Having been raised with two languages herself, Mónica Wagner is interested in how people use and learn multiple languages, especially when it comes to the sounds of languages. During her licence in psychology (National University of Córdoba, Argentina) she looked into whether people who speak two (or more) languages, when wanting to say the word for ‘dog,’ consider the name in both of their languages. Then, during her Master’s in cognitive neuroscience (Radboud University, The Netherlands), she looked at the other side of the coin: whether bilinguals can selectively listen in one of their languages (sometimes even the wrong one!) and the role of the context they’re in at the moment or whether or not the speaker has a foreign accent. Currently Mónica is working on her PhD at the Donders Centre for Cognition (The Netherlands), where she’s studying individual differences in foreign accent, that is, why some people struggle so much to get rid of their foreign accent in a second language, while others seem to be able to acquire a nativelike accent almost effortlessly. She is new to the Donders Wonders team but will likely blog a lot about her favorite topics: languages, bilinguals, and accents!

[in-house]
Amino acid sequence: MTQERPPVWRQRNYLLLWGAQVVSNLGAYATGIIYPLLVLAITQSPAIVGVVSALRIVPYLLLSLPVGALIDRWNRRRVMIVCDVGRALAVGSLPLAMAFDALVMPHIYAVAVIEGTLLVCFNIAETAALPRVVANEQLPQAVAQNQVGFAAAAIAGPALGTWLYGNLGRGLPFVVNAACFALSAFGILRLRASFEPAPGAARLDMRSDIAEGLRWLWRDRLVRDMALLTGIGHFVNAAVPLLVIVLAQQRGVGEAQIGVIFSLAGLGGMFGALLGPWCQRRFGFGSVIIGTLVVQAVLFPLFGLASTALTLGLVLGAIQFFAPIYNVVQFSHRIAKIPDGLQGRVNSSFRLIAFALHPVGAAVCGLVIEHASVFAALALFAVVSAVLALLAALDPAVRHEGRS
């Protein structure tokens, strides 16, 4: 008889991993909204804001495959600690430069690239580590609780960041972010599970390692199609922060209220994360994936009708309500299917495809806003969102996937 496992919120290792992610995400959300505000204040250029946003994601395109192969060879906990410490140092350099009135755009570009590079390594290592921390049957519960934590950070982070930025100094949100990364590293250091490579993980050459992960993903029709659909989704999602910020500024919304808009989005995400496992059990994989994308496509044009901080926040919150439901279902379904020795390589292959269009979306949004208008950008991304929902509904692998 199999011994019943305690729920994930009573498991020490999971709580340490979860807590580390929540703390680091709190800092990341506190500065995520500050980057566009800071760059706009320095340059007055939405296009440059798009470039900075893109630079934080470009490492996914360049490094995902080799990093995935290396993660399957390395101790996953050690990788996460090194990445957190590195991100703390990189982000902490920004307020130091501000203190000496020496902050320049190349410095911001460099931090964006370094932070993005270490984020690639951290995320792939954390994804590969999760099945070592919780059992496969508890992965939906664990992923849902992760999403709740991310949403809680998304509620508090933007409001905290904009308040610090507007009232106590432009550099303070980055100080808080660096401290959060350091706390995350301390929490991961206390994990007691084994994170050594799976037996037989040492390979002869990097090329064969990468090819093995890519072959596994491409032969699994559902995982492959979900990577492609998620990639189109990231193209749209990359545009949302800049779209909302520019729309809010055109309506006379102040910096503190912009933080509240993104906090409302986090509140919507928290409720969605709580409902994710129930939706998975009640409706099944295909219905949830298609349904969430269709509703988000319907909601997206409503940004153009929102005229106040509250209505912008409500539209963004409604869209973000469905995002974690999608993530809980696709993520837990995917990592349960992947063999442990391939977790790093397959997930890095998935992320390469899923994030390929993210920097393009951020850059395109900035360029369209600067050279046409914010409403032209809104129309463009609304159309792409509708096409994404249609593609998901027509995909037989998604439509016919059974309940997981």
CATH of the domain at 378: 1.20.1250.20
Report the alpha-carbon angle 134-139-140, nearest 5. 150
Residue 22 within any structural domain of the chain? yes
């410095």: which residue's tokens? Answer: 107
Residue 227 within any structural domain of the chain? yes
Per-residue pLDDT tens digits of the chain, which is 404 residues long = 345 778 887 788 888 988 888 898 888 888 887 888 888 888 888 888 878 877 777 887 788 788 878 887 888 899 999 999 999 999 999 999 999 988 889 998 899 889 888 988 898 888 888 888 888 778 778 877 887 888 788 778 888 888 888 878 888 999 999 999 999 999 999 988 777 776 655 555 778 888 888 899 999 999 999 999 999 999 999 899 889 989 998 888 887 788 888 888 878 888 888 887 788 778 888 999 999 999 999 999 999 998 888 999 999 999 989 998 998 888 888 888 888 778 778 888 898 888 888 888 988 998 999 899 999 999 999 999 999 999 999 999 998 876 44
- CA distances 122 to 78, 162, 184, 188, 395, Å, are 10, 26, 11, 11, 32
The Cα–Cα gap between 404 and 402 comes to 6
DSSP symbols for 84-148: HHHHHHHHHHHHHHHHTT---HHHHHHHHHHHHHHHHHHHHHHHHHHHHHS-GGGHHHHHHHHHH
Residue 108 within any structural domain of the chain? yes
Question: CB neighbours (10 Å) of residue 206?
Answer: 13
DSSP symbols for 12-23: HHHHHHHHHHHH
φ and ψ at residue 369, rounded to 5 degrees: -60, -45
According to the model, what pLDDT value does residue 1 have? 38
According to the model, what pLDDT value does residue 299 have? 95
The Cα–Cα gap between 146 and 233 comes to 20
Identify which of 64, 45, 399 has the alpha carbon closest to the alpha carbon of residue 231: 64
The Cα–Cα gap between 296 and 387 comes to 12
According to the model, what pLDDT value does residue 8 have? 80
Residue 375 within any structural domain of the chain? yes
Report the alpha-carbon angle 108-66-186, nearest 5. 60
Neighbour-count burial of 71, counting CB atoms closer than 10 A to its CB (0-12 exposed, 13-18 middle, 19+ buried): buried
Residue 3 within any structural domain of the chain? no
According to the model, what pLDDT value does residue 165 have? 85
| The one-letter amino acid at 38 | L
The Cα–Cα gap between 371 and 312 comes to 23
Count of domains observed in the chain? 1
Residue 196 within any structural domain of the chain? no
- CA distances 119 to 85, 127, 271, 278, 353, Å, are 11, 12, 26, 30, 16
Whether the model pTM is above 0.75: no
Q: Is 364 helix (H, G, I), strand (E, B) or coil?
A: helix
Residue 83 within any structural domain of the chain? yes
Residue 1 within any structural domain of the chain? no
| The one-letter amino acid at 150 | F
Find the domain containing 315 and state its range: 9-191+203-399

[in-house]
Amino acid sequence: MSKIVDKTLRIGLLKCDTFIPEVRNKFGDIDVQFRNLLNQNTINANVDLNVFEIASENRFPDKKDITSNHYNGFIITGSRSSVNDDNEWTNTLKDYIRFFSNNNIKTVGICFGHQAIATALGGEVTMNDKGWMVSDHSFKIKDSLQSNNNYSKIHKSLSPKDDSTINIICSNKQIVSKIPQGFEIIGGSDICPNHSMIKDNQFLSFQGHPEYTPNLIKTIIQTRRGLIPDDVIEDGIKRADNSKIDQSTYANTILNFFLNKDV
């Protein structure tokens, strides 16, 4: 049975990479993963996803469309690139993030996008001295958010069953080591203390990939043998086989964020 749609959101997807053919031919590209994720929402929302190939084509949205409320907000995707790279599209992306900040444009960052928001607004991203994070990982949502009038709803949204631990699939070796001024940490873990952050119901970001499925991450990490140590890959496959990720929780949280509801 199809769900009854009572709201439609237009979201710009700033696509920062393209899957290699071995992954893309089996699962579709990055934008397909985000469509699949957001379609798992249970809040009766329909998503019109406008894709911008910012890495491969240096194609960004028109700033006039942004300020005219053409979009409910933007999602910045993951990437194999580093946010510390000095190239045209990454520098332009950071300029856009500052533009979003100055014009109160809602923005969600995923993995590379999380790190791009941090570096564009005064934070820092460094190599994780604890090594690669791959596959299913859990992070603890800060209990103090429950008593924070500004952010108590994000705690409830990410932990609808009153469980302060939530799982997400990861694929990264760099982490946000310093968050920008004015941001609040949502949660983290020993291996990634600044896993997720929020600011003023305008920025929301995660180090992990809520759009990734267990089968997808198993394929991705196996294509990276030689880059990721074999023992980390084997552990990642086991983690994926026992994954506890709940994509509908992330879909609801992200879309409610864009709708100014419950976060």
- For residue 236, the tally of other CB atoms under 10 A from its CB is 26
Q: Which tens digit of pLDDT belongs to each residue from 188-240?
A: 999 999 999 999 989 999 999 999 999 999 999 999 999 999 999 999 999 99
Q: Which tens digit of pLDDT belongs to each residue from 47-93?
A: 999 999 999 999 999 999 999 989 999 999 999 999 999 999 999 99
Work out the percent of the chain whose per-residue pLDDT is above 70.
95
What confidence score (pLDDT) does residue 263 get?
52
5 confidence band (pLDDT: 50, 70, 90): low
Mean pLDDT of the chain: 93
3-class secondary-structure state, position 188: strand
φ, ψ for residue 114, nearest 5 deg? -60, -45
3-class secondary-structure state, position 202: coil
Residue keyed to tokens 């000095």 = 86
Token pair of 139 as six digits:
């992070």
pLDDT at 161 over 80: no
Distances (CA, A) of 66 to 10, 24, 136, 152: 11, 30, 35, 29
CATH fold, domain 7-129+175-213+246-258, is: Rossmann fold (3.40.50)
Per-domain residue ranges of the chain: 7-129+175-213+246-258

A lot of people assume that you can’t forget your mother tongue. However, although traces of it may persist forever, it is entirely possible to lose the ability to communicate in your native language. Here, we explore why and how this happens.
Mental health researchers have made a lot of progress over the years in furthering our knowledge of psychological disorders, and thankfully awareness of mental health issues is slowly increasing. However, did you know that there’s a high prevalence of mental health issues among researchers themselves?
Scientists have long assumed that the sounds humans can make are limited by our biology. New evidence shows, however, that it may be thanks to a change in our prehistoric ancestors’ diet that most languages today have ‘f’ and ‘v’ sounds.